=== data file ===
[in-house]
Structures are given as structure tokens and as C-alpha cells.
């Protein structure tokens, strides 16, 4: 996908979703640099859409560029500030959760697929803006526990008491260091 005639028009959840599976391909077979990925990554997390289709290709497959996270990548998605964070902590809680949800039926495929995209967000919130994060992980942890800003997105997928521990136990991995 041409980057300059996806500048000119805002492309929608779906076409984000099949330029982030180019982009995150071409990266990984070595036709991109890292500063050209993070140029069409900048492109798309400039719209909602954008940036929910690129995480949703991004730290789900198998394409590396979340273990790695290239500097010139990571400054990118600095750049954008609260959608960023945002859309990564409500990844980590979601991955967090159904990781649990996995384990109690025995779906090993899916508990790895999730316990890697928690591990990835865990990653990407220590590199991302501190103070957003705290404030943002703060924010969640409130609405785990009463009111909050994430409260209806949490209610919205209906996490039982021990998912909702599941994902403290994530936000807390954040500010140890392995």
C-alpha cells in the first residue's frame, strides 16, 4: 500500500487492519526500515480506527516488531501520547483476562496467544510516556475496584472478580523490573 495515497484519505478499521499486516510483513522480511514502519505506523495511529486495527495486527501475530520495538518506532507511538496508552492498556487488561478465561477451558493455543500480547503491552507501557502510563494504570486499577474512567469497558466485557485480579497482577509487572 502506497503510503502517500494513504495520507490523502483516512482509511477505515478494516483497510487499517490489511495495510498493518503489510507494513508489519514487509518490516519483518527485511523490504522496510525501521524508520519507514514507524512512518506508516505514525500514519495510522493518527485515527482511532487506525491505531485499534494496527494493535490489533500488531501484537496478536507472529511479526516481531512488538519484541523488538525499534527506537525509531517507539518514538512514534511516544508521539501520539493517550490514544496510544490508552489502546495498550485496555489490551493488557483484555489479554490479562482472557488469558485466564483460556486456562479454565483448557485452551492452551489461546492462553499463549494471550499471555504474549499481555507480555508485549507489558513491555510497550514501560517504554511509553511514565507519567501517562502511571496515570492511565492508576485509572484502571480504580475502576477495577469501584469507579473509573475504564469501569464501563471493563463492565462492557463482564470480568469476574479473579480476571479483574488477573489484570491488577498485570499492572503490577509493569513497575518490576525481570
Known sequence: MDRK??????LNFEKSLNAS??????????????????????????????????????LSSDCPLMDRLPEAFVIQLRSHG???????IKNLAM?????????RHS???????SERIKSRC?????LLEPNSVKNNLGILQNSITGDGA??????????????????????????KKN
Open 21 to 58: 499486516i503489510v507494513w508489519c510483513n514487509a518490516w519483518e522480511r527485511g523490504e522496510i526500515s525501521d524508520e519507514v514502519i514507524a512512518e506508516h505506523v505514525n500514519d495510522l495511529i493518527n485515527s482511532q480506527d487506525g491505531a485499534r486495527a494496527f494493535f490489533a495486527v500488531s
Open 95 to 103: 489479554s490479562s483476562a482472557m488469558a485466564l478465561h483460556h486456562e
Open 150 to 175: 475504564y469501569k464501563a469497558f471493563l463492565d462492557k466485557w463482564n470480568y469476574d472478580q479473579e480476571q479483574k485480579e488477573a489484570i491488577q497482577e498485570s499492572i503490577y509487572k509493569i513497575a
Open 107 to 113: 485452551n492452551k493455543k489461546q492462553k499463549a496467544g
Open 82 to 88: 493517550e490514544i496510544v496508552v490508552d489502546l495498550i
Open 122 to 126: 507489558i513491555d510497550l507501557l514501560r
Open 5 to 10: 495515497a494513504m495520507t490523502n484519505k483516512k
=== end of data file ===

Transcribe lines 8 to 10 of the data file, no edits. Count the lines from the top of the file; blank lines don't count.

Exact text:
Open 150 to 175: 475504564y469501569k464501563a469497558f471493563l463492565d462492557k466485557w463482564n470480568y469476574d472478580q479473579e480476571q479483574k485480579e488477573a489484570i491488577q497482577e498485570s499492572i503490577y509487572k509493569i513497575a
Open 107 to 113: 485452551n492452551k493455543k489461546q492462553k499463549a496467544g
Open 82 to 88: 493517550e490514544i496510544v496508552v490508552d489502546l495498550i